This is a crucial time in Irish history – a time when you/we will decide whether to march on under your/our own strength and character and leadership or to surrender your/our rights, lives, and fate to others who have, upon every past opportunity, either turned their backs on Ireland in her need or swooped in to take advantage of her riches. Which is exactly what is happening now. Ireland (God bless her forever!) has risen, by her own strength of character and moral fortitude and by God’s kind grace, far above her past of subjection and base poverty to a point where she is a jewel in the crown of Europe and the world. Ireland has earned all her scars and medals of valour and has come into her own – at last. (One might quote of Ireland as well, “Free at last, free at last! Thank God almighty, we’re free at last!”)

    And now, in the time of finally enjoying the fruits of our hard-won, blood-bought freedoms and successes, Ireland considers handing over her self-mastery to yet another foreign dictator! God forbid it! Let Ireland be Ireland, not some small dot on the EU map. Let Ireland be Ireland, not another chattel within another kingdom – for such is the becoming EU/EC. Never forget the sacrifices made by our (OUR) grandparents for the possibility of self-rule for Ireland. We are Ireland! We are not Europeans – we never have been. We were at best pets, at worst slaves of Europeans. Ireland has suffered too long to throw away her freedom and self-sufficiency on yet another European master race. We are Ireland!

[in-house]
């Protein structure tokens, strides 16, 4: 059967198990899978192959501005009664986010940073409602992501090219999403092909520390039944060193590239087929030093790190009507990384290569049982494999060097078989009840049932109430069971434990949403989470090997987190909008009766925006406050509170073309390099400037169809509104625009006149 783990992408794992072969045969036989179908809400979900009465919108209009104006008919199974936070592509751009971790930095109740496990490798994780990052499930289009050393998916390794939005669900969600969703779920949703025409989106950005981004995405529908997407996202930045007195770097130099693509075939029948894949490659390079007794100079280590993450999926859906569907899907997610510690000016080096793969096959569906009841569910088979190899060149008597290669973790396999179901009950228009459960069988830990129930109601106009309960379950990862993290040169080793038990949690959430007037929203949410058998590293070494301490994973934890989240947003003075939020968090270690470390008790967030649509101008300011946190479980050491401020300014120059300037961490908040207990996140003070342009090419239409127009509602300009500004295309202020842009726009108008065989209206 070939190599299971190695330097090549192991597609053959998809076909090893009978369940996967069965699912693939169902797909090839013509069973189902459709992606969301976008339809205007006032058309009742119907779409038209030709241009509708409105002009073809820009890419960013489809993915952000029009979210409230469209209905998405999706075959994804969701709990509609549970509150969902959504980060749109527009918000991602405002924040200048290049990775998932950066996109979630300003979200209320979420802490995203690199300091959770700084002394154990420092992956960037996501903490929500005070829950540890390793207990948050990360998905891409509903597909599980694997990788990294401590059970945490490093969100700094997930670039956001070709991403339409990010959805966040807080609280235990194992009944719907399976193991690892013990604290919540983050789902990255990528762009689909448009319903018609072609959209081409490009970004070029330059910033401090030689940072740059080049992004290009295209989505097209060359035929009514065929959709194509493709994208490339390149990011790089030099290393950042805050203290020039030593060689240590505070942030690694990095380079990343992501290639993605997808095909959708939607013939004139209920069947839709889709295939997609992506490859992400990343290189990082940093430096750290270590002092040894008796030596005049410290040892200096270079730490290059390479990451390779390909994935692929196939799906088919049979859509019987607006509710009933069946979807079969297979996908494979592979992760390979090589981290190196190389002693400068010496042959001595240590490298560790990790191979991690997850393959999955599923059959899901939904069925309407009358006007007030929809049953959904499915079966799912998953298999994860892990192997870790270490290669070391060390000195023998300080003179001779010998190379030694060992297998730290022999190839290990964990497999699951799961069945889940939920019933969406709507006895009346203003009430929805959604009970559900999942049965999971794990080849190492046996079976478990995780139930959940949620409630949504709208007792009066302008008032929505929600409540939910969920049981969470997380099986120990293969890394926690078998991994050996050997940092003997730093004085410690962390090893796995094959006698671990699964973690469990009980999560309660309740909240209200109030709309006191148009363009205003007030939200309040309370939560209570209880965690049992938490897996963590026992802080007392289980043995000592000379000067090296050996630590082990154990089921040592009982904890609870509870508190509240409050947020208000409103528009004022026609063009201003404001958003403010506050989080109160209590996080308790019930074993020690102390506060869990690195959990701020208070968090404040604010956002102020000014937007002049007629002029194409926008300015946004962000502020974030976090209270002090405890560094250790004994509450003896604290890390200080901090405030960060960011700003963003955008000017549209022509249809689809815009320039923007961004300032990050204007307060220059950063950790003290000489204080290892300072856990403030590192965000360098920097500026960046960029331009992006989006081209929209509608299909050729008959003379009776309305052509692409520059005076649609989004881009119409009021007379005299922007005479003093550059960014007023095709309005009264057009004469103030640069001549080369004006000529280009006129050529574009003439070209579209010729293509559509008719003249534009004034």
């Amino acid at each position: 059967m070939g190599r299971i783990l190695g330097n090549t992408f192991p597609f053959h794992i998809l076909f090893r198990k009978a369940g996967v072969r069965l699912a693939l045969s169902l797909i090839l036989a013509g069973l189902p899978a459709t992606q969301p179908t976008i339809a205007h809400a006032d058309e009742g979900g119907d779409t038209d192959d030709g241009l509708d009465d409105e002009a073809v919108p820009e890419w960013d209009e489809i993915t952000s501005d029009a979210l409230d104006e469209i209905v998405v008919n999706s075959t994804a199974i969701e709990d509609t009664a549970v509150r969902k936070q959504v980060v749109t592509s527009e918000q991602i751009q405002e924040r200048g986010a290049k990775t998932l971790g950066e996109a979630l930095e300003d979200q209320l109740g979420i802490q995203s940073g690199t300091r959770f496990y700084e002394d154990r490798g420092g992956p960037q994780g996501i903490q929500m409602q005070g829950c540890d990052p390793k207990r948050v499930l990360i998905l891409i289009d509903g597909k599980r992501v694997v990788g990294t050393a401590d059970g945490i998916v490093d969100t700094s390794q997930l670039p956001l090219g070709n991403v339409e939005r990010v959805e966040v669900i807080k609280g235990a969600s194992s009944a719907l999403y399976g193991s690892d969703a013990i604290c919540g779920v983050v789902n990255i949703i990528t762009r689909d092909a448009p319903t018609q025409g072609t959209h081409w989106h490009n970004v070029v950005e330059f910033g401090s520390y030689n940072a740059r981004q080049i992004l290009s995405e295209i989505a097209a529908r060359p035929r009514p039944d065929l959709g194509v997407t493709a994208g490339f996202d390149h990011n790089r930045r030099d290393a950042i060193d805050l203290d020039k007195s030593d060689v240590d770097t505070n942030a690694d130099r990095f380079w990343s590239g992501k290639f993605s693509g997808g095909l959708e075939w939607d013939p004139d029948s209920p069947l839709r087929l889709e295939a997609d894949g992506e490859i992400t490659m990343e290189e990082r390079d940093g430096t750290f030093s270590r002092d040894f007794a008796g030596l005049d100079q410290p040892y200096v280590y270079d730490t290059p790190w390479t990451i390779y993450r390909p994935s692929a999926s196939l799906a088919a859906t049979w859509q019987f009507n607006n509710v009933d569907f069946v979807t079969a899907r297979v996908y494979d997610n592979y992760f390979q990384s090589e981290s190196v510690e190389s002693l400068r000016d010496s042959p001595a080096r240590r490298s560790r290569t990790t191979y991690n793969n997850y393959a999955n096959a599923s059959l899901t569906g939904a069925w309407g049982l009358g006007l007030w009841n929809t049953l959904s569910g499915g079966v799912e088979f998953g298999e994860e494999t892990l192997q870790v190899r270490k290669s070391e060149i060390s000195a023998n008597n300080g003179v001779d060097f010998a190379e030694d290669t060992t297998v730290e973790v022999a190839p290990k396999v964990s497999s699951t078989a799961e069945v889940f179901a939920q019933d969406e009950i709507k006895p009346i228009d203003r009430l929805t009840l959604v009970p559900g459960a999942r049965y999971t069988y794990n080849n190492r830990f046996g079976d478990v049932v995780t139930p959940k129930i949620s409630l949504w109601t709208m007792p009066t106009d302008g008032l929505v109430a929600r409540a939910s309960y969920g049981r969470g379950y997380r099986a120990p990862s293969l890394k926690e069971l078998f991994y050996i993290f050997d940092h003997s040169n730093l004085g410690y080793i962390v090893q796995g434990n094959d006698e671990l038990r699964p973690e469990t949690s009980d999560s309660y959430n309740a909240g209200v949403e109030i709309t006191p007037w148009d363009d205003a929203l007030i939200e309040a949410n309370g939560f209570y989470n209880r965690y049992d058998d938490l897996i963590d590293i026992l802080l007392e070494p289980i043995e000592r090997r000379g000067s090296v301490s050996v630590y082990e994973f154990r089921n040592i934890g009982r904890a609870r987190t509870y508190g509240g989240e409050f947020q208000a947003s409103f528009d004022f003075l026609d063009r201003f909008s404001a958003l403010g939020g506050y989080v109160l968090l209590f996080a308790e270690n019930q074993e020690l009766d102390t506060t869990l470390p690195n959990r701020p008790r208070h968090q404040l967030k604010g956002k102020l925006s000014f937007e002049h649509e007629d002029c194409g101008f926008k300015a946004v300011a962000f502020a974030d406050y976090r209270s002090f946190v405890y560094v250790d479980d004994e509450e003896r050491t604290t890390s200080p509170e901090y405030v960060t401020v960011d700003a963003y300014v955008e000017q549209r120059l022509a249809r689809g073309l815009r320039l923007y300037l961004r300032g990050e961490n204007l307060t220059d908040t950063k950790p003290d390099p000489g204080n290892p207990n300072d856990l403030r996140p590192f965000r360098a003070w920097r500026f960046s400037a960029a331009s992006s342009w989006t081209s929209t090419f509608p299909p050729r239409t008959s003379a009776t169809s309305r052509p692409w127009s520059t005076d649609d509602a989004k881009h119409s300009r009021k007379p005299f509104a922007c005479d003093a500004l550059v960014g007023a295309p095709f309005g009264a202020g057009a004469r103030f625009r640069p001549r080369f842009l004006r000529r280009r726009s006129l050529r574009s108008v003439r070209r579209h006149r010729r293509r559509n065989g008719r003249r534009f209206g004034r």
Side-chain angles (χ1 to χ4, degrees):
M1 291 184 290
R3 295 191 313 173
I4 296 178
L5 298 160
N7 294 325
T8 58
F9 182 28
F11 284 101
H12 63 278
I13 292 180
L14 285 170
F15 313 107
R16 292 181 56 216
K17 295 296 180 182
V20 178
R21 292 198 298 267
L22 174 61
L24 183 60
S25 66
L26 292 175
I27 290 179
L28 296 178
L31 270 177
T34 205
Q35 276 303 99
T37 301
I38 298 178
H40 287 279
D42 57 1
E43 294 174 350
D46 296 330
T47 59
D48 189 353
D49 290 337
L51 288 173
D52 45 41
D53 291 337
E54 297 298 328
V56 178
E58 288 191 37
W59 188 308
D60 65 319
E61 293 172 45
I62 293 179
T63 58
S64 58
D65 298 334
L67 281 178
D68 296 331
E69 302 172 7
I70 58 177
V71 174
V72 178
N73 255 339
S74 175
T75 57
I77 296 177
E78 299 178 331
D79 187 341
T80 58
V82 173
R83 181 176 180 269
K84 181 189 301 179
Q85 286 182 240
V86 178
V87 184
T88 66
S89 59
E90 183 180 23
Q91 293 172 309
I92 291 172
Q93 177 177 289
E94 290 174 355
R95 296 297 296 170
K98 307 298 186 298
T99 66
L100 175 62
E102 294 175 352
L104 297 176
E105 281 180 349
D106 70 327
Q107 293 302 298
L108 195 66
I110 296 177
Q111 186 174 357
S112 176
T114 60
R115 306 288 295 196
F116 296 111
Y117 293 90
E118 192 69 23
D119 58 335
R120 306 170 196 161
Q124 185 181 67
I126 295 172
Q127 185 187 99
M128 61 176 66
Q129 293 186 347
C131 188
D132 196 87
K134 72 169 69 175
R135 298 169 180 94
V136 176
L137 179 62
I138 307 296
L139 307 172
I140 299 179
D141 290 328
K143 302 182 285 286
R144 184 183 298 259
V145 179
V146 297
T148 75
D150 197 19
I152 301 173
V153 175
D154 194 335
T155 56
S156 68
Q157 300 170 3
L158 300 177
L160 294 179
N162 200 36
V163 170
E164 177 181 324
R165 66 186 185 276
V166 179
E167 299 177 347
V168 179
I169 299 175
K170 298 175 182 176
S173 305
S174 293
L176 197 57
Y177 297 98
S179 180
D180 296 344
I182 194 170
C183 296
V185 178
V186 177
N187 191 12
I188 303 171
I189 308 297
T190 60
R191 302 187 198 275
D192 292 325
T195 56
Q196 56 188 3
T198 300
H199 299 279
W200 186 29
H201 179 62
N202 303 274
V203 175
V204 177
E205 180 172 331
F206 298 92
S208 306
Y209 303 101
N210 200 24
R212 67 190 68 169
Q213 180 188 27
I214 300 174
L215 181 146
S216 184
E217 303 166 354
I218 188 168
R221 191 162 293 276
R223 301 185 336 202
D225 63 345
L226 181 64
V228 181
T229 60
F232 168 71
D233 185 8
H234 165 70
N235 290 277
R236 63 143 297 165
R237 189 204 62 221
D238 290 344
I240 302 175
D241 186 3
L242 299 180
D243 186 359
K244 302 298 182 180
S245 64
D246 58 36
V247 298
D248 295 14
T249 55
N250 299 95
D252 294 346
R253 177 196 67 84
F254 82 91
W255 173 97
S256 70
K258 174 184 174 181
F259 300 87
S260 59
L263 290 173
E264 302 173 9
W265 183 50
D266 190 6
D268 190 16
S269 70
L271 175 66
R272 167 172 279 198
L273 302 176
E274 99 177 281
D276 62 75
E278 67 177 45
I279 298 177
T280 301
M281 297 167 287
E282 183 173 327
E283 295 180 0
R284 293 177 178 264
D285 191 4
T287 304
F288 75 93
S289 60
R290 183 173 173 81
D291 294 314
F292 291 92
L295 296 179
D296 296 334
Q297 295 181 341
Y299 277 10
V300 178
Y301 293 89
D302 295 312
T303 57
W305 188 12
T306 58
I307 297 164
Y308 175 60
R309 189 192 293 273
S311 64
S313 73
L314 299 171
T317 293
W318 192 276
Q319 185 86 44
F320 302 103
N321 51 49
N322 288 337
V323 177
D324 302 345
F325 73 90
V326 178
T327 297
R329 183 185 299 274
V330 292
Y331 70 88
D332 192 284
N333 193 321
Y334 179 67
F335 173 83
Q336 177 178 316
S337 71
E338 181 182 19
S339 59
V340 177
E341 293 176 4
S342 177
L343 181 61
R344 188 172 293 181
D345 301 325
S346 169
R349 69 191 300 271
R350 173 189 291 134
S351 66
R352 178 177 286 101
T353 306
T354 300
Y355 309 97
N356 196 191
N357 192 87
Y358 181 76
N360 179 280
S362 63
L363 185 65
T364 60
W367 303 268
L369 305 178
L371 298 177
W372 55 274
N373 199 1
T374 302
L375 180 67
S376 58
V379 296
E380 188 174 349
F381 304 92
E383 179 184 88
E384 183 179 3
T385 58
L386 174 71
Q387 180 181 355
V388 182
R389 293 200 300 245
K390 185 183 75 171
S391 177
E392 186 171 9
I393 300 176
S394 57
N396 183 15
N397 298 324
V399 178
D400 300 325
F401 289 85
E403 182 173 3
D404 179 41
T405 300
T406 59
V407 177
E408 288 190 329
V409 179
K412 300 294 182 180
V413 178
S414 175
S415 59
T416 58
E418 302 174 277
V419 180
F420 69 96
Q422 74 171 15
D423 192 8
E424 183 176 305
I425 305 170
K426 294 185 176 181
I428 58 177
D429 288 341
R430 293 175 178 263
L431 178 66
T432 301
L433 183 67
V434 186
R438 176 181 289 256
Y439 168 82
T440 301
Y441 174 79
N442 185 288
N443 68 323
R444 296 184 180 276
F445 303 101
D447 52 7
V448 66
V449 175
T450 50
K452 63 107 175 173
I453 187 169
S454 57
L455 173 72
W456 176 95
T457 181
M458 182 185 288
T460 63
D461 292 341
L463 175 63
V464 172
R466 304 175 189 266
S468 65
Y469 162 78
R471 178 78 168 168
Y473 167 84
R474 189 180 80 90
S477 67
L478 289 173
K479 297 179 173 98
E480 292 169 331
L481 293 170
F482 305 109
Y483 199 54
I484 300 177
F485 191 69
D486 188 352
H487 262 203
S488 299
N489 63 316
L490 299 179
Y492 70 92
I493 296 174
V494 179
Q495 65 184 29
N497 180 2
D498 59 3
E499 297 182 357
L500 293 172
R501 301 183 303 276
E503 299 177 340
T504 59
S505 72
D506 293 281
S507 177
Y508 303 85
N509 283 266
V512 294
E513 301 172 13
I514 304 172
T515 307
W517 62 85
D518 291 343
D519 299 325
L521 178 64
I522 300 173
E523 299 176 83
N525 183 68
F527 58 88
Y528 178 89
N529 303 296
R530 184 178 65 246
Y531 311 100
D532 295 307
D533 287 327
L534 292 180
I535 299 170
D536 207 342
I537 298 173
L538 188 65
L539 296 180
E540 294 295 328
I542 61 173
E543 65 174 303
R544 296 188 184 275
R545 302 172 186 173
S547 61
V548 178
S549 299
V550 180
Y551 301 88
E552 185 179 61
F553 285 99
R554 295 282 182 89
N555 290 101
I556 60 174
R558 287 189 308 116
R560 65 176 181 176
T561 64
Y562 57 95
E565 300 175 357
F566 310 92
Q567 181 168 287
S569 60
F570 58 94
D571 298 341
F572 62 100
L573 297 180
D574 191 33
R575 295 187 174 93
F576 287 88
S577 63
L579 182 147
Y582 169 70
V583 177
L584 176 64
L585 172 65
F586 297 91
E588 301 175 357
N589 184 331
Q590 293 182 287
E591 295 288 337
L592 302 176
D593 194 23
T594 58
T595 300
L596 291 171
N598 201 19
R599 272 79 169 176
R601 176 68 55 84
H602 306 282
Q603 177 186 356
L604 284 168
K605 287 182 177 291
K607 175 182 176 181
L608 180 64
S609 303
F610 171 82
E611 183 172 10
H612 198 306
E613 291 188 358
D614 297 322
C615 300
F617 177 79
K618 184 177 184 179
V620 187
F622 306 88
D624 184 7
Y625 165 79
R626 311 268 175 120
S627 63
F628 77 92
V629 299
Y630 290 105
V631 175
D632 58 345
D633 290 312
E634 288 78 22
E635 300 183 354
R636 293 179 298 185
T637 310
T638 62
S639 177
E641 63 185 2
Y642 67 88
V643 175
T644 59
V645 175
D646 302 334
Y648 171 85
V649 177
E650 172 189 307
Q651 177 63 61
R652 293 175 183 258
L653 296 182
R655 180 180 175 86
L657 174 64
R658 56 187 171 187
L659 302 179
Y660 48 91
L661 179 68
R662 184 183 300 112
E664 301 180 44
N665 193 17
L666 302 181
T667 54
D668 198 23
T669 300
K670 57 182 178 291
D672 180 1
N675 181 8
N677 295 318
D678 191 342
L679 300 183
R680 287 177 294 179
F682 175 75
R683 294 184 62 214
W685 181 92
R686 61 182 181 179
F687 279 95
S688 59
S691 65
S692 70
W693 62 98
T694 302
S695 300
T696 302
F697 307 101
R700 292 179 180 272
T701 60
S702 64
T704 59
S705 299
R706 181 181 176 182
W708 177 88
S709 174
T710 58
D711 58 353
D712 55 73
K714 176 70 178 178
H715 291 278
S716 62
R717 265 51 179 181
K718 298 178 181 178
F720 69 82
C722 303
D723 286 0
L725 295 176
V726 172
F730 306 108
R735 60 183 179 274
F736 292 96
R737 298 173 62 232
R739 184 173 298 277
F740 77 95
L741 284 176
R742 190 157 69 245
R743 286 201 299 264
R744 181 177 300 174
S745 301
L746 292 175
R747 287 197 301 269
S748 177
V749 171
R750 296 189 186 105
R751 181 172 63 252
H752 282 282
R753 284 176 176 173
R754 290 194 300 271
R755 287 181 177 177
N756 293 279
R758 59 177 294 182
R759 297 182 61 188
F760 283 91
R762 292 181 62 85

Look long and hard at America and learn from her mistakes. Under her own power, the United States stood together by choice. Today, we have given up the idea of mutually beneficial partnership among the member states and have become subjects to a dictatorial Federal Government who seeks to rip our choice from us – from freedom of religion to freedom of choice to freedom of speech. American is becoming what the EU would march straight into, from the beginning.

    Ireland, my Ireland, whom I learned to pray for and to love from my mother’s knee and my father’s stories, remember the source of your strength in your tortured past – return to your faith and your moral sense of self. God lead you through 700 years of tribulation and abject slavery. Your/our sense of Irish identity apart from that of the rest of the world kept us unified and alive during years of deprivation and attempted genocide. Please, please, please don’t give all that up now for a new, stronger master.

    We, the children of your diaspora, are counting on you to safeguard our heritage and our home. Guard and keep them from another outsider who seeks to steal and destroy our culture. We are counting on you. Please don’t let us down. Remain independent and free and self-governing. Please.

    We are Ireland!

  2. flannelcrat says:

    Thank you Robert. That was one of the more articulate manifestations of the ”No” argument I’ve read, and does raise many good questions, such as the clashes between ‘state’ and ‘federal’. It bears much consideration.

    -The ‘Crat.